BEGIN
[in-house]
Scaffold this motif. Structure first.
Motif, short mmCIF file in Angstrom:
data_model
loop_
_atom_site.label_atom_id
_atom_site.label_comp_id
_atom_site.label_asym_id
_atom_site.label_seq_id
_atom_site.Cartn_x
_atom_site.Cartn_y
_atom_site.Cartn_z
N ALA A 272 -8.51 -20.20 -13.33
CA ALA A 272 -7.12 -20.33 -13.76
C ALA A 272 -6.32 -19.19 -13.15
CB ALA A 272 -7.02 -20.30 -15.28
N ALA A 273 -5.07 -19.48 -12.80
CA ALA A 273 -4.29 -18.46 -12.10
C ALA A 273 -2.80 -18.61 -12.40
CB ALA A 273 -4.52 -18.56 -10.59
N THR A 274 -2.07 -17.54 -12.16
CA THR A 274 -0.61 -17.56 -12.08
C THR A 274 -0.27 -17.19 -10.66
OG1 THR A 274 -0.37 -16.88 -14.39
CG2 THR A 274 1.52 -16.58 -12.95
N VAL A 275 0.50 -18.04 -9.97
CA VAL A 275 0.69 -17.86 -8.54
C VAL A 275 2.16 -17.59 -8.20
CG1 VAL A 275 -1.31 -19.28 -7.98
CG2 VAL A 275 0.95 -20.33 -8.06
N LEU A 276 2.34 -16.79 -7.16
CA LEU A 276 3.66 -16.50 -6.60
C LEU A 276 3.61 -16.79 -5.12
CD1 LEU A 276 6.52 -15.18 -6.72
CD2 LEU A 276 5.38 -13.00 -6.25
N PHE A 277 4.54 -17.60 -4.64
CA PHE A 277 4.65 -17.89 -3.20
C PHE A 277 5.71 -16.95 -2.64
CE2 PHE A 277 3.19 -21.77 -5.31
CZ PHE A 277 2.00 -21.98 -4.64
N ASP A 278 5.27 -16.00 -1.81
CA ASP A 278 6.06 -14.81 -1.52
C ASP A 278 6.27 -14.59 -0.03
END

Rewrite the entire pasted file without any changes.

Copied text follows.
[in-house]
Scaffold this motif. Structure first.
Motif, short mmCIF file in Angstrom:
data_model
loop_
_atom_site.label_atom_id
_atom_site.label_comp_id
_atom_site.label_asym_id
_atom_site.label_seq_id
_atom_site.Cartn_x
_atom_site.Cartn_y
_atom_site.Cartn_z
N ALA A 272 -8.51 -20.20 -13.33
CA ALA A 272 -7.12 -20.33 -13.76
C ALA A 272 -6.32 -19.19 -13.15
CB ALA A 272 -7.02 -20.30 -15.28
N ALA A 273 -5.07 -19.48 -12.80
CA ALA A 273 -4.29 -18.46 -12.10
C ALA A 273 -2.80 -18.61 -12.40
CB ALA A 273 -4.52 -18.56 -10.59
N THR A 274 -2.07 -17.54 -12.16
CA THR A 274 -0.61 -17.56 -12.08
C THR A 274 -0.27 -17.19 -10.66
OG1 THR A 274 -0.37 -16.88 -14.39
CG2 THR A 274 1.52 -16.58 -12.95
N VAL A 275 0.50 -18.04 -9.97
CA VAL A 275 0.69 -17.86 -8.54
C VAL A 275 2.16 -17.59 -8.20
CG1 VAL A 275 -1.31 -19.28 -7.98
CG2 VAL A 275 0.95 -20.33 -8.06
N LEU A 276 2.34 -16.79 -7.16
CA LEU A 276 3.66 -16.50 -6.60
C LEU A 276 3.61 -16.79 -5.12
CD1 LEU A 276 6.52 -15.18 -6.72
CD2 LEU A 276 5.38 -13.00 -6.25
N PHE A 277 4.54 -17.60 -4.64
CA PHE A 277 4.65 -17.89 -3.20
C PHE A 277 5.71 -16.95 -2.64
CE2 PHE A 277 3.19 -21.77 -5.31
CZ PHE A 277 2.00 -21.98 -4.64
N ASP A 278 5.27 -16.00 -1.81
CA ASP A 278 6.06 -14.81 -1.52
C ASP A 278 6.27 -14.59 -0.03